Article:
When dealing with Super Tropes
and other broad story conventions that can manifest in a range of variations, the article will necessarily include a quick list describing all these variations at a glance. An unfortunate side effect is that eventually, editors will start referencing the list exclusively by whatever letter or number designation corresponds to a desired item. The end result is that when you browse trope lists on work pages, you'll occasionally run into citations like:
Show contains examples of these tropes
And what, exactly, is the "type 3" supposed to indicate?
This is a bad citation
to avoid for several reasons:
- It doesn't actually explain the example. It doesn't answer the 'who' or the 'what', the 'where' or 'when', the 'why' or 'how' of the example; all it does is reference some item in a list, and rely on a separate page to fill in the missing gaps, when it should be giving a full explanation on the same page.
- The actual number/letter designation is irrelevant, or may be subject to change. What happens if somebody adds, removes, or reorganizes the list items in a way that impacts what number/type labels correspond to what? Doing so will render our references to that list misleading or invalid.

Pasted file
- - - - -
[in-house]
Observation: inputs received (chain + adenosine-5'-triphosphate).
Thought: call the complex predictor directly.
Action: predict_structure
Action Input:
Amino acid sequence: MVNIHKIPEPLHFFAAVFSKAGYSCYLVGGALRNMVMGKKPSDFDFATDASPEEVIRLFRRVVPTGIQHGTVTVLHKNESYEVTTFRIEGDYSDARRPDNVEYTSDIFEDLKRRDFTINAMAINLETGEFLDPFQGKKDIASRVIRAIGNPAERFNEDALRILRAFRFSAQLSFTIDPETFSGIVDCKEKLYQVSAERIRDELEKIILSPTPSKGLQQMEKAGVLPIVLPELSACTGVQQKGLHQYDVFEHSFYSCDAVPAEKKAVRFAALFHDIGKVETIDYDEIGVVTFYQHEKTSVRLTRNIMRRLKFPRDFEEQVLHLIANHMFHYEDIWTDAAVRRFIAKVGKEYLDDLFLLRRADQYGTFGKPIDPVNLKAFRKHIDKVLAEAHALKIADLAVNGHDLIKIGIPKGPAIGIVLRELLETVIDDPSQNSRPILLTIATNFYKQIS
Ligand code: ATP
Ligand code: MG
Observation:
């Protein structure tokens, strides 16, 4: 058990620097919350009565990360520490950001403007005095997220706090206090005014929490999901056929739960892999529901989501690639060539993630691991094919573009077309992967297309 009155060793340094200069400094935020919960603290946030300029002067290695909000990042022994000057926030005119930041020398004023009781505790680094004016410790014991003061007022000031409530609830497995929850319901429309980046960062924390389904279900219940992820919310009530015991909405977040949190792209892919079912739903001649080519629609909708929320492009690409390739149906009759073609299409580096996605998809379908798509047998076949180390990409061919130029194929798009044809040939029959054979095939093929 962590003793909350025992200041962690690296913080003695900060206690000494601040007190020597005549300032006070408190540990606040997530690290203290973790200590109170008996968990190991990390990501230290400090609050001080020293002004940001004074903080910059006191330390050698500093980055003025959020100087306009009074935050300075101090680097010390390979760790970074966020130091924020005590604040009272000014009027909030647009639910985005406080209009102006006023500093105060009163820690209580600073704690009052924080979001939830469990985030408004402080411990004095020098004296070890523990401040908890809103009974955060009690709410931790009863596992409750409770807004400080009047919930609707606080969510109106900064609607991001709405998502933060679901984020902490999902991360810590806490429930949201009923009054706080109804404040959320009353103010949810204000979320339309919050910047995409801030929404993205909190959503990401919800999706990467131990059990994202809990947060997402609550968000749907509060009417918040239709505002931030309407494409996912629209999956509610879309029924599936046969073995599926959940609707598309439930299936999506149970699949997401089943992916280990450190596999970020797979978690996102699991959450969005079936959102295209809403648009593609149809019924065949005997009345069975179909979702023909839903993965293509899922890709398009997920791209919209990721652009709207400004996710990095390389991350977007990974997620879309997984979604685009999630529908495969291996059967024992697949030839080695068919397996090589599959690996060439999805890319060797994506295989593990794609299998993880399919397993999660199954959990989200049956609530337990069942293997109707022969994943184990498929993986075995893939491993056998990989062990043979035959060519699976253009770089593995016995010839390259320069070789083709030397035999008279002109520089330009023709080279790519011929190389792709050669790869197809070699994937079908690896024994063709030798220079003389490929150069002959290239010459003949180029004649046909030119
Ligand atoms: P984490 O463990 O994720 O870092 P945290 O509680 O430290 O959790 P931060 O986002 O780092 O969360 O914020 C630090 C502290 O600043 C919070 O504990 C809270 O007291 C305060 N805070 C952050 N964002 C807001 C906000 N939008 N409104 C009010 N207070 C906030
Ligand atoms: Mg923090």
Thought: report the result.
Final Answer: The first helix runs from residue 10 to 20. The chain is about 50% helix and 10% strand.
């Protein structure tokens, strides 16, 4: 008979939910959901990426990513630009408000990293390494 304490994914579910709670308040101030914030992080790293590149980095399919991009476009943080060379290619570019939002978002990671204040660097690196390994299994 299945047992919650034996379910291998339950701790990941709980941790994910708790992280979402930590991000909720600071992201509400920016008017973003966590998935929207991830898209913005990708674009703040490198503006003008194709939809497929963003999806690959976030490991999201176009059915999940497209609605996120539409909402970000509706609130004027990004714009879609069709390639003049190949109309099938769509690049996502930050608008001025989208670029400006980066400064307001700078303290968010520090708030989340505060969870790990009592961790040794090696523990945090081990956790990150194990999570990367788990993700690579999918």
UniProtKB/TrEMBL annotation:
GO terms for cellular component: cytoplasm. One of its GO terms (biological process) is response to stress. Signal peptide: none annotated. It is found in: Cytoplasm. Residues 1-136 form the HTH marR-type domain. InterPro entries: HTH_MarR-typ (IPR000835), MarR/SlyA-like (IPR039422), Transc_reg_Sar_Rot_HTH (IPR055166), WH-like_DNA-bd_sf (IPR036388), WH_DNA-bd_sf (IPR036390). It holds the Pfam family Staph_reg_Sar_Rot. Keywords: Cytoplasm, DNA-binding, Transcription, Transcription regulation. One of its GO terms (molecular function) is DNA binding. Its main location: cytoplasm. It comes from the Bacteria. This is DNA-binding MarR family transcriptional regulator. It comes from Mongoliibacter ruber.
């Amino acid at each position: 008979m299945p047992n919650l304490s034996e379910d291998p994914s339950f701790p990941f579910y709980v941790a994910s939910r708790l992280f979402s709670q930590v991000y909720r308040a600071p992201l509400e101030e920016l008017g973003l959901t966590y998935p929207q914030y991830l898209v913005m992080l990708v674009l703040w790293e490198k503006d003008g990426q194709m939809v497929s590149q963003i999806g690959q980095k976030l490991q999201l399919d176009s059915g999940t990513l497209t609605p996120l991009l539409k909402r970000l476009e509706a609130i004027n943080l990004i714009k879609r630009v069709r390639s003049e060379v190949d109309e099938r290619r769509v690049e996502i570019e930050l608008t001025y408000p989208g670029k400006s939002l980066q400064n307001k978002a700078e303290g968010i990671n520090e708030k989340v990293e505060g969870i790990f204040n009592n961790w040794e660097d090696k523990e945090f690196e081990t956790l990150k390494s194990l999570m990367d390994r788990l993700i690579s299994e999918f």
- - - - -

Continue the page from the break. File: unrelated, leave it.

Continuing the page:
- Individual types may not be mutually exclusive. Tropes Are Flexible, and a given example may combine more than one variation at a time. A citation that reads, for example, "[Character] is a Type 2 + Type 3 [Personality Trope], with a hint of Type 7" is completely opaque to the reader, not just because it fails to explain what those numbers are supposed to represent, but also because it's overloading the reader with several at once.
- You should never have to visit any other page (off or on the wiki) to understand an example on the page you're currently reading. Yeah, this is basically repeating point number one all over again, but it deserves the extra emphasis. When you're explaining an example, you need to fully explain the example yourself.
It's worthwhile to note that there are ways to prevent this problem from developing in the first place. The following tip comes courtesy of (the original
) Murphy's Law
Do not assign positional number/letter labels to a soft split or sliding scale.
Rather than relying on positional labels (A,B,C or 1,2,3) to identify the items, come up with descriptive phrases of your own, treating them as if they were separate Sub Trope
articles with distinct names already. For example:
MacGuffins can come in a few varieties:
- A Dismantled MacGuffin: Pieces of an artifact that must be re-assembled.
- A Mineral MacGuffin: A crystal or raw elemental substance.
- The Egg MacGuffin: An egg that will hatch into a baby creature.
- Mr. Living MacGuffin: A person of interest.
Descriptive labels provide fixed mnemonics which won't (usually) get mixed around if the list is changed or reorganized in the future, and even if it does they still provide some
context to help interpret the example without having to leave the page to check. Meaning that our original "Type 3" citation (which was a problem) will instead look like this:
Show contains examples of these tropes:
This still doesn't explain everything about the example (the "who" or "where", etc.), but it's worlds better than a mere number or letter designation.
For help, please use this
of Zero Context Example
(the general faux-pas of poorly explained citations), and a Sister Trope
to Weblinks Are Not Examples